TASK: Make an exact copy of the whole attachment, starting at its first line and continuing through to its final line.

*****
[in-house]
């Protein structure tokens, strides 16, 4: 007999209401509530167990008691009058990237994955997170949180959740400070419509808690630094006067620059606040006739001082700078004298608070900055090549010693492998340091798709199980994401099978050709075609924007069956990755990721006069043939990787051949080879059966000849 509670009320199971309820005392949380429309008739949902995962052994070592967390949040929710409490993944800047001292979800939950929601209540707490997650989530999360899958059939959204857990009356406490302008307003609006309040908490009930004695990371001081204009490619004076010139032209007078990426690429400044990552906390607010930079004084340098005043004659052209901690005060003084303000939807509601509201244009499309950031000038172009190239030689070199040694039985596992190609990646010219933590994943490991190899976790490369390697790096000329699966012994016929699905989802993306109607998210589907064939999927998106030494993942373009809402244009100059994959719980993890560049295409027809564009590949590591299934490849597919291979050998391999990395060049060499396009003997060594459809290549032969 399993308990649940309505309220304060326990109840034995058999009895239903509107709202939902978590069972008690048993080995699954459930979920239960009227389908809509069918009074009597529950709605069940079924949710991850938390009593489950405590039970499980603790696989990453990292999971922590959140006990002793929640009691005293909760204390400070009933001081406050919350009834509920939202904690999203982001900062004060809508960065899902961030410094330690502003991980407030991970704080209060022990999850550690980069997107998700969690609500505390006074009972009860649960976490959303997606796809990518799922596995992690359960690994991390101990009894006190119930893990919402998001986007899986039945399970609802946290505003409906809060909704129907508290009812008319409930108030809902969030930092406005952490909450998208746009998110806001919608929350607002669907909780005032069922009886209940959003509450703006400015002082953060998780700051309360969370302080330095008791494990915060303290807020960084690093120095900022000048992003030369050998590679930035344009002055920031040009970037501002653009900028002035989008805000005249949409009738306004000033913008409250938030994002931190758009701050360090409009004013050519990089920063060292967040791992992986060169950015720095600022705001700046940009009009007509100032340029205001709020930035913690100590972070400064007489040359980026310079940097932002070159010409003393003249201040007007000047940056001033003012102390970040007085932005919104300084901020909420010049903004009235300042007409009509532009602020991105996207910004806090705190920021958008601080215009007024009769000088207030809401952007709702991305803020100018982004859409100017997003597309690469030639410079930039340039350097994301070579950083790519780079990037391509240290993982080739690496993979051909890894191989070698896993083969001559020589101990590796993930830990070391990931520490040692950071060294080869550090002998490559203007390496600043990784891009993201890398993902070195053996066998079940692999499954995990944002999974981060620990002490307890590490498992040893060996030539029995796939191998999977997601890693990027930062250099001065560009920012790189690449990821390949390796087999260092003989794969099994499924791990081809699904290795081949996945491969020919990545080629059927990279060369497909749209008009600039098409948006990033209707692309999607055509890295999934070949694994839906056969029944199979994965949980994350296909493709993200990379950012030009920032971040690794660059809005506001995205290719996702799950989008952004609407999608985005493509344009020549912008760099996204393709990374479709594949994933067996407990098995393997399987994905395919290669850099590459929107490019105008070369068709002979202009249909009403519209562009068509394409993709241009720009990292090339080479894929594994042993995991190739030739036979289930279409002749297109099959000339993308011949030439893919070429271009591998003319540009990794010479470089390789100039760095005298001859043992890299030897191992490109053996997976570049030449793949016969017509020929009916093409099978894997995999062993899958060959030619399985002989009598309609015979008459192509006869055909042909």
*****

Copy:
[in-house]
């Protein structure tokens, strides 16, 4: 007999209401509530167990008691009058990237994955997170949180959740400070419509808690630094006067620059606040006739001082700078004298608070900055090549010693492998340091798709199980994401099978050709075609924007069956990755990721006069043939990787051949080879059966000849 509670009320199971309820005392949380429309008739949902995962052994070592967390949040929710409490993944800047001292979800939950929601209540707490997650989530999360899958059939959204857990009356406490302008307003609006309040908490009930004695990371001081204009490619004076010139032209007078990426690429400044990552906390607010930079004084340098005043004659052209901690005060003084303000939807509601509201244009499309950031000038172009190239030689070199040694039985596992190609990646010219933590994943490991190899976790490369390697790096000329699966012994016929699905989802993306109607998210589907064939999927998106030494993942373009809402244009100059994959719980993890560049295409027809564009590949590591299934490849597919291979050998391999990395060049060499396009003997060594459809290549032969 399993308990649940309505309220304060326990109840034995058999009895239903509107709202939902978590069972008690048993080995699954459930979920239960009227389908809509069918009074009597529950709605069940079924949710991850938390009593489950405590039970499980603790696989990453990292999971922590959140006990002793929640009691005293909760204390400070009933001081406050919350009834509920939202904690999203982001900062004060809508960065899902961030410094330690502003991980407030991970704080209060022990999850550690980069997107998700969690609500505390006074009972009860649960976490959303997606796809990518799922596995992690359960690994991390101990009894006190119930893990919402998001986007899986039945399970609802946290505003409906809060909704129907508290009812008319409930108030809902969030930092406005952490909450998208746009998110806001919608929350607002669907909780005032069922009886209940959003509450703006400015002082953060998780700051309360969370302080330095008791494990915060303290807020960084690093120095900022000048992003030369050998590679930035344009002055920031040009970037501002653009900028002035989008805000005249949409009738306004000033913008409250938030994002931190758009701050360090409009004013050519990089920063060292967040791992992986060169950015720095600022705001700046940009009009007509100032340029205001709020930035913690100590972070400064007489040359980026310079940097932002070159010409003393003249201040007007000047940056001033003012102390970040007085932005919104300084901020909420010049903004009235300042007409009509532009602020991105996207910004806090705190920021958008601080215009007024009769000088207030809401952007709702991305803020100018982004859409100017997003597309690469030639410079930039340039350097994301070579950083790519780079990037391509240290993982080739690496993979051909890894191989070698896993083969001559020589101990590796993930830990070391990931520490040692950071060294080869550090002998490559203007390496600043990784891009993201890398993902070195053996066998079940692999499954995990944002999974981060620990002490307890590490498992040893060996030539029995796939191998999977997601890693990027930062250099001065560009920012790189690449990821390949390796087999260092003989794969099994499924791990081809699904290795081949996945491969020919990545080629059927990279060369497909749209008009600039098409948006990033209707692309999607055509890295999934070949694994839906056969029944199979994965949980994350296909493709993200990379950012030009920032971040690794660059809005506001995205290719996702799950989008952004609407999608985005493509344009020549912008760099996204393709990374479709594949994933067996407990098995393997399987994905395919290669850099590459929107490019105008070369068709002979202009249909009403519209562009068509394409993709241009720009990292090339080479894929594994042993995991190739030739036979289930279409002749297109099959000339993308011949030439893919070429271009591998003319540009990794010479470089390789100039760095005298001859043992890299030897191992490109053996997976570049030449793949016969017509020929009916093409099978894997995999062993899958060959030619399985002989009598309609015979008459192509006869055909042909």